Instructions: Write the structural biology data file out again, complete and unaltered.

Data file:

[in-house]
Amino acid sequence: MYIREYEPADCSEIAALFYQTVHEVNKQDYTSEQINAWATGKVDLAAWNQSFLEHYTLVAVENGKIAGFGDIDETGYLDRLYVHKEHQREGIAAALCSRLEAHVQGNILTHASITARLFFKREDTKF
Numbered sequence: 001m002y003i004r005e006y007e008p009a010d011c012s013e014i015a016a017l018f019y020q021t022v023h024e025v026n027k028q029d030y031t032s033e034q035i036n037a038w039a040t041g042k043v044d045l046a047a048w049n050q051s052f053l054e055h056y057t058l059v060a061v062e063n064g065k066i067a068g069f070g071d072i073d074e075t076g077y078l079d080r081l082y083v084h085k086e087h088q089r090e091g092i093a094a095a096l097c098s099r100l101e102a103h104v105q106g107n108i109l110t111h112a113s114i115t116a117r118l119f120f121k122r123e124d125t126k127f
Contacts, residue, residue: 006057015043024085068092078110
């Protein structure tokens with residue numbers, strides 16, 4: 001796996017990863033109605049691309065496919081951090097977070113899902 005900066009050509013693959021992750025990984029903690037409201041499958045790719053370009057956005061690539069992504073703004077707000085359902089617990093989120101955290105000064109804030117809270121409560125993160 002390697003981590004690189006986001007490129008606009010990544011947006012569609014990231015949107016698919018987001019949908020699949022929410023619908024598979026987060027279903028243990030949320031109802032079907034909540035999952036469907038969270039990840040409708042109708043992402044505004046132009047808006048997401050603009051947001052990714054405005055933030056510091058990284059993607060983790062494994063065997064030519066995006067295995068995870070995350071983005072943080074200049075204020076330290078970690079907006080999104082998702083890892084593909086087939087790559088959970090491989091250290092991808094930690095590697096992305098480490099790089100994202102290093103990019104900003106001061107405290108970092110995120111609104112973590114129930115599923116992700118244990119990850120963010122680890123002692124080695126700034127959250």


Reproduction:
[in-house]
Amino acid sequence: MYIREYEPADCSEIAALFYQTVHEVNKQDYTSEQINAWATGKVDLAAWNQSFLEHYTLVAVENGKIAGFGDIDETGYLDRLYVHKEHQREGIAAALCSRLEAHVQGNILTHASITARLFFKREDTKF
Numbered sequence: 001m002y003i004r005e006y007e008p009a010d011c012s013e014i015a016a017l018f019y020q021t022v023h024e025v026n027k028q029d030y031t032s033e034q035i036n037a038w039a040t041g042k043v044d045l046a047a048w049n050q051s052f053l054e055h056y057t058l059v060a061v062e063n064g065k066i067a068g069f070g071d072i073d074e075t076g077y078l079d080r081l082y083v084h085k086e087h088q089r090e091g092i093a094a095a096l097c098s099r100l101e102a103h104v105q106g107n108i109l110t111h112a113s114i115t116a117r118l119f120f121k122r123e124d125t126k127f
Contacts, residue, residue: 006057015043024085068092078110
């Protein structure tokens with residue numbers, strides 16, 4: 001796996017990863033109605049691309065496919081951090097977070113899902 005900066009050509013693959021992750025990984029903690037409201041499958045790719053370009057956005061690539069992504073703004077707000085359902089617990093989120101955290105000064109804030117809270121409560125993160 002390697003981590004690189006986001007490129008606009010990544011947006012569609014990231015949107016698919018987001019949908020699949022929410023619908024598979026987060027279903028243990030949320031109802032079907034909540035999952036469907038969270039990840040409708042109708043992402044505004046132009047808006048997401050603009051947001052990714054405005055933030056510091058990284059993607060983790062494994063065997064030519066995006067295995068995870070995350071983005072943080074200049075204020076330290078970690079907006080999104082998702083890892084593909086087939087790559088959970090491989091250290092991808094930690095590697096992305098480490099790089100994202102290093103990019104900003106001061107405290108970092110995120111609104112973590114129930115599923116992700118244990119990850120963010122680890123002692124080695126700034127959250």